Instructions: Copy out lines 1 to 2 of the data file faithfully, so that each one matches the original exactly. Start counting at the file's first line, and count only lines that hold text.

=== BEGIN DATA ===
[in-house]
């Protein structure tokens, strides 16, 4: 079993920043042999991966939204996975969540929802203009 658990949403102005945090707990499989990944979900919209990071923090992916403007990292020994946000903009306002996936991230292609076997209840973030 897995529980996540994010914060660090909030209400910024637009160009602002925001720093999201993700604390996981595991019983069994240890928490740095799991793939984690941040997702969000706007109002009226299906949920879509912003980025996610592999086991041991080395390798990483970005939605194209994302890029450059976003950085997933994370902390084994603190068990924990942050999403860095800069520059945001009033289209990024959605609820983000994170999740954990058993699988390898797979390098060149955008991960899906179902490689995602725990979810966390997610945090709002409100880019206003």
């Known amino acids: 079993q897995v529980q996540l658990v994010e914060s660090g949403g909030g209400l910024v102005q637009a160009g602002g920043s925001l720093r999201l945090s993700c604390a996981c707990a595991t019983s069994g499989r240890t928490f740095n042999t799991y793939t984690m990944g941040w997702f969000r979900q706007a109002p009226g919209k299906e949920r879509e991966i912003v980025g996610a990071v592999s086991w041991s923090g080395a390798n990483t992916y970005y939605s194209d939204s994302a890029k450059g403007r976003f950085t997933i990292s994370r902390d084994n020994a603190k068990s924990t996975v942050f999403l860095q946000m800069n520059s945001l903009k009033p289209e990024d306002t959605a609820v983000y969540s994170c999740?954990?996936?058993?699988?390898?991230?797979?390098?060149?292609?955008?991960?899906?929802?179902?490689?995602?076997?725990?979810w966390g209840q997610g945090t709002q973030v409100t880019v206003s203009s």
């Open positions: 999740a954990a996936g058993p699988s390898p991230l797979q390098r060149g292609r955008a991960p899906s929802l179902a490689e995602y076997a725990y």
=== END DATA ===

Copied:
[in-house]
């Protein structure tokens, strides 16, 4: 079993920043042999991966939204996975969540929802203009 658990949403102005945090707990499989990944979900919209990071923090992916403007990292020994946000903009306002996936991230292609076997209840973030 897995529980996540994010914060660090909030209400910024637009160009602002925001720093999201993700604390996981595991019983069994240890928490740095799991793939984690941040997702969000706007109002009226299906949920879509912003980025996610592999086991041991080395390798990483970005939605194209994302890029450059976003950085997933994370902390084994603190068990924990942050999403860095800069520059945001009033289209990024959605609820983000994170999740954990058993699988390898797979390098060149955008991960899906179902490689995602725990979810966390997610945090709002409100880019206003």